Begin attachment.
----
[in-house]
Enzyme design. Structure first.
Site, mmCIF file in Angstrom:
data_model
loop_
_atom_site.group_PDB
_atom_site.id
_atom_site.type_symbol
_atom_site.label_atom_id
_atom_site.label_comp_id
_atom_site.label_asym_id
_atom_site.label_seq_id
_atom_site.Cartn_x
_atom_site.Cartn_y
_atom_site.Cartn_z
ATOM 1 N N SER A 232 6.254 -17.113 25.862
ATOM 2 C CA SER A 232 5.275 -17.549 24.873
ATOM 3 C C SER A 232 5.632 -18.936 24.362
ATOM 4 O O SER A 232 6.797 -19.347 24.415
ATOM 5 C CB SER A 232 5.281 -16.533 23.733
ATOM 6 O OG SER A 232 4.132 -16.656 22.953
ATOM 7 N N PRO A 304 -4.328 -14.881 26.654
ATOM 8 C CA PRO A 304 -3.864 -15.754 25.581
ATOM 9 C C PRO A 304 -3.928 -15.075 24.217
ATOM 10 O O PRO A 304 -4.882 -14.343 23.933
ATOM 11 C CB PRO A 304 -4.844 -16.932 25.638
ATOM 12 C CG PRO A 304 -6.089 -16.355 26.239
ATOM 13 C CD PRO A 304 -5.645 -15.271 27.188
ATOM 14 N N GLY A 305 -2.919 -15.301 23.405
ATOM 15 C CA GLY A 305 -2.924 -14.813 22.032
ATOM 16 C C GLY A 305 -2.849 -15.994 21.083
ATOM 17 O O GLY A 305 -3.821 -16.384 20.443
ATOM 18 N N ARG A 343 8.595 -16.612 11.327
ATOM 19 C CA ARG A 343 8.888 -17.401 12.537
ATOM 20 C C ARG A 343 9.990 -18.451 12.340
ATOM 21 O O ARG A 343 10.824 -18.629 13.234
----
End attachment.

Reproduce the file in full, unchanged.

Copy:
[in-house]
Enzyme design. Structure first.
Site, mmCIF file in Angstrom:
data_model
loop_
_atom_site.group_PDB
_atom_site.id
_atom_site.type_symbol
_atom_site.label_atom_id
_atom_site.label_comp_id
_atom_site.label_asym_id
_atom_site.label_seq_id
_atom_site.Cartn_x
_atom_site.Cartn_y
_atom_site.Cartn_z
ATOM 1 N N SER A 232 6.254 -17.113 25.862
ATOM 2 C CA SER A 232 5.275 -17.549 24.873
ATOM 3 C C SER A 232 5.632 -18.936 24.362
ATOM 4 O O SER A 232 6.797 -19.347 24.415
ATOM 5 C CB SER A 232 5.281 -16.533 23.733
ATOM 6 O OG SER A 232 4.132 -16.656 22.953
ATOM 7 N N PRO A 304 -4.328 -14.881 26.654
ATOM 8 C CA PRO A 304 -3.864 -15.754 25.581
ATOM 9 C C PRO A 304 -3.928 -15.075 24.217
ATOM 10 O O PRO A 304 -4.882 -14.343 23.933
ATOM 11 C CB PRO A 304 -4.844 -16.932 25.638
ATOM 12 C CG PRO A 304 -6.089 -16.355 26.239
ATOM 13 C CD PRO A 304 -5.645 -15.271 27.188
ATOM 14 N N GLY A 305 -2.919 -15.301 23.405
ATOM 15 C CA GLY A 305 -2.924 -14.813 22.032
ATOM 16 C C GLY A 305 -2.849 -15.994 21.083
ATOM 17 O O GLY A 305 -3.821 -16.384 20.443
ATOM 18 N N ARG A 343 8.595 -16.612 11.327
ATOM 19 C CA ARG A 343 8.888 -17.401 12.537
ATOM 20 C C ARG A 343 9.990 -18.451 12.340
ATOM 21 O O ARG A 343 10.824 -18.629 13.234